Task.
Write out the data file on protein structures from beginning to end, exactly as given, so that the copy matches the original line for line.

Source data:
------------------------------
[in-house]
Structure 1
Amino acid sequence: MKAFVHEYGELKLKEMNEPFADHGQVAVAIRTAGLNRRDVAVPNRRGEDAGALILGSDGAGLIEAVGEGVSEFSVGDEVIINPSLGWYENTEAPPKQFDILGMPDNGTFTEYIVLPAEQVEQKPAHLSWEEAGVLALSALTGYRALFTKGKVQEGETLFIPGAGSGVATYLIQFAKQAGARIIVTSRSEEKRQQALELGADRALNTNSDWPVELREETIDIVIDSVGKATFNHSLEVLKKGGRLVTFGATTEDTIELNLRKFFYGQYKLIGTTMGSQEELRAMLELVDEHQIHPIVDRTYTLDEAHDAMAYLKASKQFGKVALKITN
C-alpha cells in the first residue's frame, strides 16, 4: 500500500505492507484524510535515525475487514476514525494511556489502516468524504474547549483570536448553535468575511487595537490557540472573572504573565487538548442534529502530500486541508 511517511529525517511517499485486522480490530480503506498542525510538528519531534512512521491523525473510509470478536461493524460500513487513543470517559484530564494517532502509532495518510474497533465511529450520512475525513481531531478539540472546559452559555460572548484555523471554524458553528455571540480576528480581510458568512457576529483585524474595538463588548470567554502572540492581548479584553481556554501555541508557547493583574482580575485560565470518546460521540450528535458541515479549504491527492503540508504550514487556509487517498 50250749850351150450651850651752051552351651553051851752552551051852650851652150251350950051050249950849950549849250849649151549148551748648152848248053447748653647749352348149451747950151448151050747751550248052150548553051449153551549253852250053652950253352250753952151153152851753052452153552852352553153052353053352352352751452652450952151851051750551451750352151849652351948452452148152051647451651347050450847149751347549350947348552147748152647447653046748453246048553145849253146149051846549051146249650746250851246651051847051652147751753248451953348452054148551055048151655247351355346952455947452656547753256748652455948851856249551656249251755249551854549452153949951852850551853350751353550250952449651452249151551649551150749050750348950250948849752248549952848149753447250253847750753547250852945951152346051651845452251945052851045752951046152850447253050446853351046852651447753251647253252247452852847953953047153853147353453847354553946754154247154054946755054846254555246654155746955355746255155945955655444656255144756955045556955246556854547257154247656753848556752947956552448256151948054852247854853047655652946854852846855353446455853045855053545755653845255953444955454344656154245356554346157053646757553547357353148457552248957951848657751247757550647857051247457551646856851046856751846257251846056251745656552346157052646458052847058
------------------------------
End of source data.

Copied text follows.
[in-house]
Structure 1
Amino acid sequence: MKAFVHEYGELKLKEMNEPFADHGQVAVAIRTAGLNRRDVAVPNRRGEDAGALILGSDGAGLIEAVGEGVSEFSVGDEVIINPSLGWYENTEAPPKQFDILGMPDNGTFTEYIVLPAEQVEQKPAHLSWEEAGVLALSALTGYRALFTKGKVQEGETLFIPGAGSGVATYLIQFAKQAGARIIVTSRSEEKRQQALELGADRALNTNSDWPVELREETIDIVIDSVGKATFNHSLEVLKKGGRLVTFGATTEDTIELNLRKFFYGQYKLIGTTMGSQEELRAMLELVDEHQIHPIVDRTYTLDEAHDAMAYLKASKQFGKVALKITN
C-alpha cells in the first residue's frame, strides 16, 4: 500500500505492507484524510535515525475487514476514525494511556489502516468524504474547549483570536448553535468575511487595537490557540472573572504573565487538548442534529502530500486541508 511517511529525517511517499485486522480490530480503506498542525510538528519531534512512521491523525473510509470478536461493524460500513487513543470517559484530564494517532502509532495518510474497533465511529450520512475525513481531531478539540472546559452559555460572548484555523471554524458553528455571540480576528480581510458568512457576529483585524474595538463588548470567554502572540492581548479584553481556554501555541508557547493583574482580575485560565470518546460521540450528535458541515479549504491527492503540508504550514487556509487517498 50250749850351150450651850651752051552351651553051851752552551051852650851652150251350950051050249950849950549849250849649151549148551748648152848248053447748653647749352348149451747950151448151050747751550248052150548553051449153551549253852250053652950253352250753952151153152851753052452153552852352553153052353053352352352751452652450952151851051750551451750352151849652351948452452148152051647451651347050450847149751347549350947348552147748152647447653046748453246048553145849253146149051846549051146249650746250851246651051847051652147751753248451953348452054148551055048151655247351355346952455947452656547753256748652455948851856249551656249251755249551854549452153949951852850551853350751353550250952449651452249151551649551150749050750348950250948849752248549952848149753447250253847750753547250852945951152346051651845452251945052851045752951046152850447253050446853351046852651447753251647253252247452852847953953047153853147353453847354553946754154247154054946755054846254555246654155746955355746255155945955655444656255144756955045556955246556854547257154247656753848556752947956552448256151948054852247854853047655652946854852846855353446455853045855053545755653845255953444955454344656154245356554346157053646757553547357353148457552248957951848657751247757550647857051247457551646856851046856751846257251846056251745656552346157052646458052847058